While I do so, I am building in flexibility. This is homeschooling. It does not go on without you the way regular school does. Some life events could interfere with it and lessons could get pushed to another day. Like right now, we are about to attend the annual Pilgrimage for Restoration of which my husband is the organizer and my children are dedicated helpers. I plan around it every year – way around it. Even after it is over, my kids are going to be exhausted and ease back into school gradually. Then there are happenings that you cannot predict. This is why I write my planner in pencil. The kids still normally have to do the work but if need be I alone have the power of the eraser. 

Another day we will talk about discipline – yours and your kids’ discipline which is a huge factor in being successful at homeschooling. But for the purposes of this post, let’s just presume you and they have the discipline to follow the daily schedule as closely as life allows.

On a normal day, my kids check the planner book in the morning. They immediately know what they have to accomplish that day. They check it off as they go so that I can see that they have done their work.

Wait a minute! I just realize I made it sound like I simply hand them the planner book and they teach themselves. If only! Sometimes we work together such as when there is a new lesson. Sometimes they work on their own such as when they have homework. Either way, it helps them to know what is expected and then to check off the work. It gives them a sense of accomplishment. 

Finally, One Thing Every Homeschool Planner Needs

Homeschoolers don’t have a bell that rings to say “time for school.” So we accomplish this with the rosary. It is the best way to corral everyone together to get the day started and is no doubt responsible for us lasting as long as we have. Plus, as I learned the hard way, when you say the rosary in the morning, nobody is tired and giggling and prone to standing on their heads.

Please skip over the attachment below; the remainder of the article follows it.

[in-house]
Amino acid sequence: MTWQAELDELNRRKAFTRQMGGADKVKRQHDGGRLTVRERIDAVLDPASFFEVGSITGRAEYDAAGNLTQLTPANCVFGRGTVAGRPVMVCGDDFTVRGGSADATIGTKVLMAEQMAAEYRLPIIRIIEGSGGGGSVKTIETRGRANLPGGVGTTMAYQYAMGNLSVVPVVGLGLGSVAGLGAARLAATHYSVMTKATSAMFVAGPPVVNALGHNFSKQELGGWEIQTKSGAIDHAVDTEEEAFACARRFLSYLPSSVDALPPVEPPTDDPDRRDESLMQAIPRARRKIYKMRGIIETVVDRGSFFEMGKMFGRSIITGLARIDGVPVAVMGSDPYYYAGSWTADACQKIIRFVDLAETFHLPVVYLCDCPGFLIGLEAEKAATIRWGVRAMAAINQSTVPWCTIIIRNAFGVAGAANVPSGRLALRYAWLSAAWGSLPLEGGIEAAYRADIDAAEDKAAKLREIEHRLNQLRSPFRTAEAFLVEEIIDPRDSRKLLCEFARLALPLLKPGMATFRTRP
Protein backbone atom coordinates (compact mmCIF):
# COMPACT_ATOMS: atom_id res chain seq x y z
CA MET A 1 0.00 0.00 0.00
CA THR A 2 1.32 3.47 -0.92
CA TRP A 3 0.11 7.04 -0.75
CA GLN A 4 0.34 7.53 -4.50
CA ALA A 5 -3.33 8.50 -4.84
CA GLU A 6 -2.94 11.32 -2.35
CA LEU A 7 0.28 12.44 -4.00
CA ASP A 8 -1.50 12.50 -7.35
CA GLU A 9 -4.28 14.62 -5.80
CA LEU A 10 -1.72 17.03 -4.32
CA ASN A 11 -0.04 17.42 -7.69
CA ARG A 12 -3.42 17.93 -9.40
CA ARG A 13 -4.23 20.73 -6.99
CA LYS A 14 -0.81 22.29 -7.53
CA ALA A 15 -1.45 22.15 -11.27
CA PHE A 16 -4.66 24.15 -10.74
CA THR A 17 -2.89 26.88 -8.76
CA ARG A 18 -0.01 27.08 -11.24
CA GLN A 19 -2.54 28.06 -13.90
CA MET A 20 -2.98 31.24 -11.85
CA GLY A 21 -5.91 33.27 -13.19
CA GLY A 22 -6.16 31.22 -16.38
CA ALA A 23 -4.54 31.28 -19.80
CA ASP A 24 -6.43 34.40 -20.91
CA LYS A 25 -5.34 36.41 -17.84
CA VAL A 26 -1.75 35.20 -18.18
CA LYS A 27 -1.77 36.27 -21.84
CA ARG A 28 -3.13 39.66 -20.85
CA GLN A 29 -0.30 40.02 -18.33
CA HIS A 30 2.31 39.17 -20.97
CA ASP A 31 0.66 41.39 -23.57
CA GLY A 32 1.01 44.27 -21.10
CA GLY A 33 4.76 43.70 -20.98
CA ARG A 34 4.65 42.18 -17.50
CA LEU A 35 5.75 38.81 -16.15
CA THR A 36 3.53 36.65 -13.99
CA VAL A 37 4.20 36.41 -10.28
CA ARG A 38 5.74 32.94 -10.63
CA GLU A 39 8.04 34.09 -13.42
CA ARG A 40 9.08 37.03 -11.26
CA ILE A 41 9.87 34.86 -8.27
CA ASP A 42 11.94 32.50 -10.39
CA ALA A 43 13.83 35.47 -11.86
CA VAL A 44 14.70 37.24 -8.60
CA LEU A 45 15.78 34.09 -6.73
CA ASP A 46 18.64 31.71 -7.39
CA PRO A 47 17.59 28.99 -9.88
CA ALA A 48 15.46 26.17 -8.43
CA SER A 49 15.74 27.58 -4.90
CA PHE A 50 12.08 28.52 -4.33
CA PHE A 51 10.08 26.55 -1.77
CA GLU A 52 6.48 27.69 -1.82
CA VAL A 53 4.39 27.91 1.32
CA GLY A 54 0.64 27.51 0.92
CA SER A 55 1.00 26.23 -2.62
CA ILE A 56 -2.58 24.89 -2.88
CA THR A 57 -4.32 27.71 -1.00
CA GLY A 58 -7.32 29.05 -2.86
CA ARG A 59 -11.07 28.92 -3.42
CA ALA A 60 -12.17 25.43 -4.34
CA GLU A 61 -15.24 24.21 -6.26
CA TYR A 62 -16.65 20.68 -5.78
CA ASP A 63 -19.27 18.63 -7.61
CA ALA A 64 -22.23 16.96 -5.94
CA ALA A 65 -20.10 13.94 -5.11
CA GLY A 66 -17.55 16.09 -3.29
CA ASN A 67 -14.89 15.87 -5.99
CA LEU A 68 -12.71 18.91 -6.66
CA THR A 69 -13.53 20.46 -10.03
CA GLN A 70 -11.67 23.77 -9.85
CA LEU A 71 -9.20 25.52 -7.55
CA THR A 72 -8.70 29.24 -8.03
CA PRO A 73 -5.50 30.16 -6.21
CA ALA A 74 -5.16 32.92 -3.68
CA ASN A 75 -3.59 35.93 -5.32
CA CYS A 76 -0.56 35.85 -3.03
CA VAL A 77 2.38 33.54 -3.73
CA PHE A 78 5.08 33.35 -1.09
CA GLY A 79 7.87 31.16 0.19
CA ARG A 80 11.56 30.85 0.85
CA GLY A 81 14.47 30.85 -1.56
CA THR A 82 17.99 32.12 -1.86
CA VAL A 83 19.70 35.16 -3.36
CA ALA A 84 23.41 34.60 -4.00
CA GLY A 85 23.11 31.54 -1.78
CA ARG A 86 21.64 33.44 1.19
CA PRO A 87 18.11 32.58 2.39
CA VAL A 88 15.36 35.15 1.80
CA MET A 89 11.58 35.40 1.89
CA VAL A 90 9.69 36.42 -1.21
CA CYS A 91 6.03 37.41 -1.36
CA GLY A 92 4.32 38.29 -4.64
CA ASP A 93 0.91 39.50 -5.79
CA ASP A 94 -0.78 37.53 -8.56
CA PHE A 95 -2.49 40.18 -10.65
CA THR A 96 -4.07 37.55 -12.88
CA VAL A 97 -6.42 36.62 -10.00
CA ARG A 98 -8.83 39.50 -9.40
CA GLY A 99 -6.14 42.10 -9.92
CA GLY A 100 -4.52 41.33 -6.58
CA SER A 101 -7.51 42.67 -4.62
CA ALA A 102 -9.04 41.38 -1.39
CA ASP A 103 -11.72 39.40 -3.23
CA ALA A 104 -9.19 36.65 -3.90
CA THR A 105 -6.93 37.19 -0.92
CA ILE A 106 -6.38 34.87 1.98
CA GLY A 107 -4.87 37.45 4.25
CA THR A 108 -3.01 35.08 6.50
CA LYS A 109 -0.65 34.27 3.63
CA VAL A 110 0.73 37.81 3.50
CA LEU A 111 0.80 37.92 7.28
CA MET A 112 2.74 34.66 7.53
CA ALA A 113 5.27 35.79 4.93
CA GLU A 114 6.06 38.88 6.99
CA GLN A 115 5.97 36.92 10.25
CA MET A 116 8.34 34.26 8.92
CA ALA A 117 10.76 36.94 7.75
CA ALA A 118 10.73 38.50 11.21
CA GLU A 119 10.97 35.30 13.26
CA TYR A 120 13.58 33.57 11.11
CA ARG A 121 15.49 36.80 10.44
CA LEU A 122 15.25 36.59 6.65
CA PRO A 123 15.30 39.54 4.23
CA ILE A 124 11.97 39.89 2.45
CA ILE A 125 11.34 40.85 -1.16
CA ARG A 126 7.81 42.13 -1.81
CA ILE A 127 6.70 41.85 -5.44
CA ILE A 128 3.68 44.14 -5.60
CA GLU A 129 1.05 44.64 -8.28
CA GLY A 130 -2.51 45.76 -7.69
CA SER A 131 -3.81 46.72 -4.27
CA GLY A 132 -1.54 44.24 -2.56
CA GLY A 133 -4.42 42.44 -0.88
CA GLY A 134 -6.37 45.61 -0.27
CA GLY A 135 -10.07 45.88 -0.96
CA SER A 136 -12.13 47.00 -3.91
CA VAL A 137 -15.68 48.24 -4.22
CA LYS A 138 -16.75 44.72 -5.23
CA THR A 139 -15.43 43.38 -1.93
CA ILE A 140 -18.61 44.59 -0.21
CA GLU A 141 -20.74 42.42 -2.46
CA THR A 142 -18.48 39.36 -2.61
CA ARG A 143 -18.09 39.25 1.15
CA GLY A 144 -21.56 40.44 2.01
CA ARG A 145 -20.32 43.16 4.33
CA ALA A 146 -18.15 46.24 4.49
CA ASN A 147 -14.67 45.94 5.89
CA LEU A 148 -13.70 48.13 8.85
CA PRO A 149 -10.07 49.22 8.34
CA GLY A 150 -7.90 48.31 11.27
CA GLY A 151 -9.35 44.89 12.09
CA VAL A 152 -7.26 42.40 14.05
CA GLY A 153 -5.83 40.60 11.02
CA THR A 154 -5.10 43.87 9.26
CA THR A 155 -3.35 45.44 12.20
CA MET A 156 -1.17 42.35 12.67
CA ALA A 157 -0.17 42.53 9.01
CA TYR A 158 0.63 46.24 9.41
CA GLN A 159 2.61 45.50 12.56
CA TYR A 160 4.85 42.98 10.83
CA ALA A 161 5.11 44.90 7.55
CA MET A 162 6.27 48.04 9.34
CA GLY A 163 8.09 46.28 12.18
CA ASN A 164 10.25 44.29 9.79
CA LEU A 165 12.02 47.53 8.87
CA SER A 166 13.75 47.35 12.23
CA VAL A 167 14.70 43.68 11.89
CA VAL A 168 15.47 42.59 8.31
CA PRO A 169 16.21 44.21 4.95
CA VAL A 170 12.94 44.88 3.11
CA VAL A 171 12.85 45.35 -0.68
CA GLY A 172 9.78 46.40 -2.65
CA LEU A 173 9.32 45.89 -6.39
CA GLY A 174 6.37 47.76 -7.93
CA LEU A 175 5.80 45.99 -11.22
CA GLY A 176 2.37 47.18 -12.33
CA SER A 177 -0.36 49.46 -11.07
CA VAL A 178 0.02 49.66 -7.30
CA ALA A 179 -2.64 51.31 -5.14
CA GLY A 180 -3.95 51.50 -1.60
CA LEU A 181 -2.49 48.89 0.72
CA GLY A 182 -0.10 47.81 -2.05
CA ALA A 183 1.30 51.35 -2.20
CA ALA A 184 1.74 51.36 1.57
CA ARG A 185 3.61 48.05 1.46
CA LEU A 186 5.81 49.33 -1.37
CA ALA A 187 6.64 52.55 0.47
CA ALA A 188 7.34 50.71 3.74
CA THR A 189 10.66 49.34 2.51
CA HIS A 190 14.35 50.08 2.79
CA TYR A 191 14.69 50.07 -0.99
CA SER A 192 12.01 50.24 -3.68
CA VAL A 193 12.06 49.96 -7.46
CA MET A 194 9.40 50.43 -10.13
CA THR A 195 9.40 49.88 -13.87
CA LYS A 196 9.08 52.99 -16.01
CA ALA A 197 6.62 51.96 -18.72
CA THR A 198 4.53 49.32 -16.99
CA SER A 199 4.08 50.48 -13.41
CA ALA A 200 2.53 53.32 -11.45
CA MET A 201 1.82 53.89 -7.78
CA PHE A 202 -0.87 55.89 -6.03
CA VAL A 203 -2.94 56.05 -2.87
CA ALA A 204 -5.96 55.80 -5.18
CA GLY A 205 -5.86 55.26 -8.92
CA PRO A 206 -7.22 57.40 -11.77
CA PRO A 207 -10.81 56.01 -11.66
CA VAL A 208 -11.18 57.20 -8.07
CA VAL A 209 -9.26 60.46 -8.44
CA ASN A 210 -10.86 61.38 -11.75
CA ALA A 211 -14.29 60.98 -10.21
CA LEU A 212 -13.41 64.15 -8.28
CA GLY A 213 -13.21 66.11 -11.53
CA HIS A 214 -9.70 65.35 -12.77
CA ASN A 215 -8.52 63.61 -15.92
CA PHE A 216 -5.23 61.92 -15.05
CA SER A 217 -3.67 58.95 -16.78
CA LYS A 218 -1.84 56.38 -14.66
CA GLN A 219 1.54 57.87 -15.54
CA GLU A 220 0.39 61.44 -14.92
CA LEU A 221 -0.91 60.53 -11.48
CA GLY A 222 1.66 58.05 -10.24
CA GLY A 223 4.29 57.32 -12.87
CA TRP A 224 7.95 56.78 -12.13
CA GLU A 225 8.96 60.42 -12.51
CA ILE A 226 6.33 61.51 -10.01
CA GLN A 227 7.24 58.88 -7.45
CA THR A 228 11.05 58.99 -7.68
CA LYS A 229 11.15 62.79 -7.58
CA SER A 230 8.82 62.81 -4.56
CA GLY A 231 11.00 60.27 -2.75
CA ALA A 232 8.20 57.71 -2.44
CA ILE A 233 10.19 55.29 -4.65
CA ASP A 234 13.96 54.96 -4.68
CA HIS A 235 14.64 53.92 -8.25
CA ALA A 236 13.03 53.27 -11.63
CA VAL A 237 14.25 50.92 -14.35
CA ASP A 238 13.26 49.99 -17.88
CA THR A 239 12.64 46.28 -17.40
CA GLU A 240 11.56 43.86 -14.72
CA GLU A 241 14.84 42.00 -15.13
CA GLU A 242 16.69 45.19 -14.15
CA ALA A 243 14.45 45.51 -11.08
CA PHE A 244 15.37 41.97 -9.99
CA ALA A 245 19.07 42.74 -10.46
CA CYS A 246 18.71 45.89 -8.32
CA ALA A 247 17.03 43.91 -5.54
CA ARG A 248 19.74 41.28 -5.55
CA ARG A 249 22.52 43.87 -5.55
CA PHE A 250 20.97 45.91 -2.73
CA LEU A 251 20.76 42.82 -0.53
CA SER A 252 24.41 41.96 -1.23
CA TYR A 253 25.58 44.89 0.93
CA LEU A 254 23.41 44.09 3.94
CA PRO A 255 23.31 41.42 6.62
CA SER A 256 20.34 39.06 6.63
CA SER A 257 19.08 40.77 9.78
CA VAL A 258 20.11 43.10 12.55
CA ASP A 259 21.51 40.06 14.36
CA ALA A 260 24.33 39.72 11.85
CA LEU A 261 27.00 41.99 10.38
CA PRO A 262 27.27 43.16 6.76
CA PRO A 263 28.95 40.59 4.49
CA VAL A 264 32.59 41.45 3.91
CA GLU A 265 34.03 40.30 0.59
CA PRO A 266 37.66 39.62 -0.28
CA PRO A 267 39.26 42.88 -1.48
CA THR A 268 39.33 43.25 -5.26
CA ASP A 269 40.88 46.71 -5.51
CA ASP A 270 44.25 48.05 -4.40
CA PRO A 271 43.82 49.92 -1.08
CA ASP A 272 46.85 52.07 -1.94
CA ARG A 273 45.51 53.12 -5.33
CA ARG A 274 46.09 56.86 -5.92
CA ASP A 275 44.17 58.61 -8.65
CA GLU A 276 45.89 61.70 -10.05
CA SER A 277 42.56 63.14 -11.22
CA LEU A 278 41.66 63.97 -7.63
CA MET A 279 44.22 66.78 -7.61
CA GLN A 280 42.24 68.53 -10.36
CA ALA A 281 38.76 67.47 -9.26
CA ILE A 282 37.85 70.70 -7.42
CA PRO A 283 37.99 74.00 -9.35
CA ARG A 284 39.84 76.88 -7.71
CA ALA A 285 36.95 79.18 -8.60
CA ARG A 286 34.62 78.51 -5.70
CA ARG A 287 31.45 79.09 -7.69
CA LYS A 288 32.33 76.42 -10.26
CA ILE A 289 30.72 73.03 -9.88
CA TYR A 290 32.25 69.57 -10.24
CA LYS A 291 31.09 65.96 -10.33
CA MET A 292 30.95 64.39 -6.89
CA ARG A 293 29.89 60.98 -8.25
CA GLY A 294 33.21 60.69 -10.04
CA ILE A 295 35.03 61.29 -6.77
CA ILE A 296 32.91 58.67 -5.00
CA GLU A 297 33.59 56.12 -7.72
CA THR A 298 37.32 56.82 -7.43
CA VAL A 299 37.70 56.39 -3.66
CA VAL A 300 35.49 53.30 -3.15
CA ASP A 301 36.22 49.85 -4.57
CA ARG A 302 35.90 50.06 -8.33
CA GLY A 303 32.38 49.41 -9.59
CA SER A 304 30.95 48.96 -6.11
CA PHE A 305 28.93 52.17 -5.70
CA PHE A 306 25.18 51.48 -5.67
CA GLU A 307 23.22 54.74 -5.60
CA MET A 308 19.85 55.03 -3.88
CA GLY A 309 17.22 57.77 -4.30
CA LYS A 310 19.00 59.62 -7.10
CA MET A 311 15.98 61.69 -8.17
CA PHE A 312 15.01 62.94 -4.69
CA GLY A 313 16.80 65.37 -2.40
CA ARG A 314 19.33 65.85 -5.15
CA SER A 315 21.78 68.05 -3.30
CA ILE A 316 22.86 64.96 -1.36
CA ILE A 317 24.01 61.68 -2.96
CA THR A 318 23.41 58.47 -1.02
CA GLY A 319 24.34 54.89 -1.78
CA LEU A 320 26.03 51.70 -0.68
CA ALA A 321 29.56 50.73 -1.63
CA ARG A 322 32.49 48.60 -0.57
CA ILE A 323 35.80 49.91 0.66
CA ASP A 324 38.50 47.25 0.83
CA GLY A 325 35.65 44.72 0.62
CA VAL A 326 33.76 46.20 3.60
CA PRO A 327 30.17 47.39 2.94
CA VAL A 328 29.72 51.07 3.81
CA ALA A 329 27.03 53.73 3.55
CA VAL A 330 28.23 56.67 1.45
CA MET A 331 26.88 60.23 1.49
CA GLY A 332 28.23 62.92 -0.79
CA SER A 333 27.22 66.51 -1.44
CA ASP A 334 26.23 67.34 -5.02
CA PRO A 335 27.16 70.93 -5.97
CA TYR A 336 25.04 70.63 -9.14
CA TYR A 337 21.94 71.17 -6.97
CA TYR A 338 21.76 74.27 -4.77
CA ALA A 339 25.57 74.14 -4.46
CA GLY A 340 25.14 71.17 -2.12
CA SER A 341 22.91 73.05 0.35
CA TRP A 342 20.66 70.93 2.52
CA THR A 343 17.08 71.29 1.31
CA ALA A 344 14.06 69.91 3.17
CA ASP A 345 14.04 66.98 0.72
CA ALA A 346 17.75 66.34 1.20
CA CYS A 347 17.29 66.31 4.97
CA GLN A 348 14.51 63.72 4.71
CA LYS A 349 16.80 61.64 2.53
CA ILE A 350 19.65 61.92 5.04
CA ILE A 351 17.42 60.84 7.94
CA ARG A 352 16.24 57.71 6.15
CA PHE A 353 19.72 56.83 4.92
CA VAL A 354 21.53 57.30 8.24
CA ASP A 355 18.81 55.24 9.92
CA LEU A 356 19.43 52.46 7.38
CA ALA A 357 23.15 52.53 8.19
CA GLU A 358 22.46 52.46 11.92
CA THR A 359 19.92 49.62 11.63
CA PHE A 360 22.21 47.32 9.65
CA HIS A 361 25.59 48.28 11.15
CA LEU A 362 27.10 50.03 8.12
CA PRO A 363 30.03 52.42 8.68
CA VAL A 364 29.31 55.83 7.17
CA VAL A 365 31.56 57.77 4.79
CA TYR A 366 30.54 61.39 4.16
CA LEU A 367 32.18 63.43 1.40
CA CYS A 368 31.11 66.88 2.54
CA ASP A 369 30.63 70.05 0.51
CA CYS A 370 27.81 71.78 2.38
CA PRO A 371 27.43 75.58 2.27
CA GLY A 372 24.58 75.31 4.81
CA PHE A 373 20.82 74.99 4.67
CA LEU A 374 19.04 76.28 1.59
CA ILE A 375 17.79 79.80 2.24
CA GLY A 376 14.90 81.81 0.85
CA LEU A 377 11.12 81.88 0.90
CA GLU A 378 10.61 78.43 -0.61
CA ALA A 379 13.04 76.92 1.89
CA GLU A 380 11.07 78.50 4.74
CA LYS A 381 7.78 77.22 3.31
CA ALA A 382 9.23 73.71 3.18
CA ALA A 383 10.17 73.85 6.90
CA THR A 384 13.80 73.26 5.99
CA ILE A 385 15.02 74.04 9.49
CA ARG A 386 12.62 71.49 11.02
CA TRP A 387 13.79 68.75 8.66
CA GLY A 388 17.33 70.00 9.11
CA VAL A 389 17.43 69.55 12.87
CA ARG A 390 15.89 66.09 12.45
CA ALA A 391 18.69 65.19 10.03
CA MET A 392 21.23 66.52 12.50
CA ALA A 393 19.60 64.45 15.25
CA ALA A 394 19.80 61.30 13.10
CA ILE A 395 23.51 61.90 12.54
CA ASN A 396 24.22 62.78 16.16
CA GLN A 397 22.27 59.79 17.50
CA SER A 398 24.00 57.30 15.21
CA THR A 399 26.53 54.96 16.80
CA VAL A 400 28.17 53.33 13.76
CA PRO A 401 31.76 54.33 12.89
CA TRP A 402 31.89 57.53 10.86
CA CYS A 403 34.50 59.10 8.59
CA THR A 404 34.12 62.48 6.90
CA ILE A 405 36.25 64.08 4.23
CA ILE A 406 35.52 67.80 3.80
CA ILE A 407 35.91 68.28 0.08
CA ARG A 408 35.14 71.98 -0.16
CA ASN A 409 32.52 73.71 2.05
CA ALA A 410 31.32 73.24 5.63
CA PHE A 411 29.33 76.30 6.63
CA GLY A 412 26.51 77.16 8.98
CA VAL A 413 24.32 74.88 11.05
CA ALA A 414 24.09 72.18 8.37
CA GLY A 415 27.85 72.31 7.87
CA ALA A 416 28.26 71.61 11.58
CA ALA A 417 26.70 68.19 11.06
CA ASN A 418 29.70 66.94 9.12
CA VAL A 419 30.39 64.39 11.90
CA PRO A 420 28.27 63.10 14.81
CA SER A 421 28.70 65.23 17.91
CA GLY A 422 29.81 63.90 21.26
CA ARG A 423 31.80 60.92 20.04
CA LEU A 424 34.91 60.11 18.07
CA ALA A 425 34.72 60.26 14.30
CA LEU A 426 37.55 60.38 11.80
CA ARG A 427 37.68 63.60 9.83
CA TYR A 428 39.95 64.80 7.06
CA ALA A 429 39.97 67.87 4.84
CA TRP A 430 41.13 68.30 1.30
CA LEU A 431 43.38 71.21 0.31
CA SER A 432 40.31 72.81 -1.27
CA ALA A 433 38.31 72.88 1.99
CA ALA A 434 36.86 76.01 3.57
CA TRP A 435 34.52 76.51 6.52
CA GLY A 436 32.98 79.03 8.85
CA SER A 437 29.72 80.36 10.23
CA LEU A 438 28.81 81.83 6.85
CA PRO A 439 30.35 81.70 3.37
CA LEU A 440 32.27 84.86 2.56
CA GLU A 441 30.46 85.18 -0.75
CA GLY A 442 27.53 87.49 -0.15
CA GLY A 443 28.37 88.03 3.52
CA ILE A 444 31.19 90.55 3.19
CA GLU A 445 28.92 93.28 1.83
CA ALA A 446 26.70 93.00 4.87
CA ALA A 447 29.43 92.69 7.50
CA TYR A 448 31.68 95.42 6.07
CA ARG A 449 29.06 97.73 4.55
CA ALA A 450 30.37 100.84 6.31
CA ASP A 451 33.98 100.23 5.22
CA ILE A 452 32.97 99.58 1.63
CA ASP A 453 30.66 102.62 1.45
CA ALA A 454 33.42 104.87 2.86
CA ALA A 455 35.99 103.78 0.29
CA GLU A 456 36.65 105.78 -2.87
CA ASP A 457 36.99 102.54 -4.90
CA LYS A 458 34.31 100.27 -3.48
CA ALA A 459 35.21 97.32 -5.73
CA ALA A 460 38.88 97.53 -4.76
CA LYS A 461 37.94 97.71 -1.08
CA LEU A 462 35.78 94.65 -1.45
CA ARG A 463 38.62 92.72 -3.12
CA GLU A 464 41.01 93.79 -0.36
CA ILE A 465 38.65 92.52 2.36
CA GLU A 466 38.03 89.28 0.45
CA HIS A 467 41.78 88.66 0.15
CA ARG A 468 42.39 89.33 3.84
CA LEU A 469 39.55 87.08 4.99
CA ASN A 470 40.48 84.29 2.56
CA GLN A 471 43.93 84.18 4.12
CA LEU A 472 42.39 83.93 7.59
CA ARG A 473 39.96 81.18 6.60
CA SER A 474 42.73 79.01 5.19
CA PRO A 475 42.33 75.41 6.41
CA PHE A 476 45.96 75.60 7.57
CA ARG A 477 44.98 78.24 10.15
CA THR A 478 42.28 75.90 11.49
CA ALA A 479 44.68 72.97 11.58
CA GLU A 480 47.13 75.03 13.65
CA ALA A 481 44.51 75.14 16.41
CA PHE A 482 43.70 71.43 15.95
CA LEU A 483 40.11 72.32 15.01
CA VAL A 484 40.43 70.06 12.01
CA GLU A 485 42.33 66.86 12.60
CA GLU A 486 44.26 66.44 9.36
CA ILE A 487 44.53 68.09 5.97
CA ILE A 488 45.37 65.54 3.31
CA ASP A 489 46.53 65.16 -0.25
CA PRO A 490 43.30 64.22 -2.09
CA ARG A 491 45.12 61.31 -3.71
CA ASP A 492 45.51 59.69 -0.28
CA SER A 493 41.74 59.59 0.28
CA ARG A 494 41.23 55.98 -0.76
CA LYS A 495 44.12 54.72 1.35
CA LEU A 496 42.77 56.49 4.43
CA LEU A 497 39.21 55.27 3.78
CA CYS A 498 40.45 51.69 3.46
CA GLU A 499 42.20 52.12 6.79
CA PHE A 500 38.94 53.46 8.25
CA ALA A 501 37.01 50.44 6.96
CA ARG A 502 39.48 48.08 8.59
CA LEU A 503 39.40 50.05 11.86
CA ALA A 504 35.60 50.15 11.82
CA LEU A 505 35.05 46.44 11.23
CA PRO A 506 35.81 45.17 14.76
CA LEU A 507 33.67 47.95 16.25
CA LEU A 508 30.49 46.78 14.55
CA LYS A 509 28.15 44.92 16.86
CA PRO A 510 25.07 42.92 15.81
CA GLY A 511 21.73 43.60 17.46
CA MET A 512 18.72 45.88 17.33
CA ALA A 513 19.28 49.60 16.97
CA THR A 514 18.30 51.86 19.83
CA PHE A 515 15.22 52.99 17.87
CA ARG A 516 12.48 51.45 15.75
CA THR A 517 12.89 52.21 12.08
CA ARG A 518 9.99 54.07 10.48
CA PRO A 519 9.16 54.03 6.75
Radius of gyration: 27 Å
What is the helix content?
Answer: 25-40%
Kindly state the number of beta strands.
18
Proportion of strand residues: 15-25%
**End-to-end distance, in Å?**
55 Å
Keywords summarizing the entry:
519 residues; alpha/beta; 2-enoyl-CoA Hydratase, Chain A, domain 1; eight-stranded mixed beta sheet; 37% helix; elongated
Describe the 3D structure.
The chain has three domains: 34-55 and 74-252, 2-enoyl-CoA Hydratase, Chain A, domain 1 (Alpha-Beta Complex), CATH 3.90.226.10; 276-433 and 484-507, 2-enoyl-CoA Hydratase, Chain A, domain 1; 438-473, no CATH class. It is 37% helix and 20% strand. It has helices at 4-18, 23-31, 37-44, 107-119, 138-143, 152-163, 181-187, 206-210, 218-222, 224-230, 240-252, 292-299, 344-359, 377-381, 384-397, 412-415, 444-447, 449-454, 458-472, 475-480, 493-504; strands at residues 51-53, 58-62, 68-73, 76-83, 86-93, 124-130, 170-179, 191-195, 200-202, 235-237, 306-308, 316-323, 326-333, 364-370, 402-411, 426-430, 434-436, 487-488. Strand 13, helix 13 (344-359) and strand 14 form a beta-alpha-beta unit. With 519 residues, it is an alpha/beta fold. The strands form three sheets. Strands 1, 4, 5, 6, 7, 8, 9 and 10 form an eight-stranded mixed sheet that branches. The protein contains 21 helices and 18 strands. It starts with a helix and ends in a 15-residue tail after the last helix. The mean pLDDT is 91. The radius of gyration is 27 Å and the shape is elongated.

Immediately after the rosary, we do our read-aloud book. It is on the schedule every bit as much as the textbooks are and possibly has taught the kids more than all the textbooks combined. We started this habit early when the kids were all little and after all these years we’re still doing it. (I’ll post my epic read-aloud list another time.) This little block of time devoted to being together and sharing a book became even more important when the kids got older. That’s when they started going in different directions – this one to an online class, that one to a part-time job. But for one hour of the day, we were all together as a family and as a homeschool. This moment at the beginning of every day doing something fun and meaningful together is the one thing no one is sick of when we wear out later in the year. Which we will. Trust me. Later, months from now, we’ll be tired. We’ll be out of energy. We’ll be running on fumes. The day will come when we’ll be doing our lessons just to get them done. And that epic read-aloud book will help carry us through.

Do you know what else will carry us through those coming days of fatigue? The schedule. Set it up now, form the habit of following it, and it will be there when you need it most.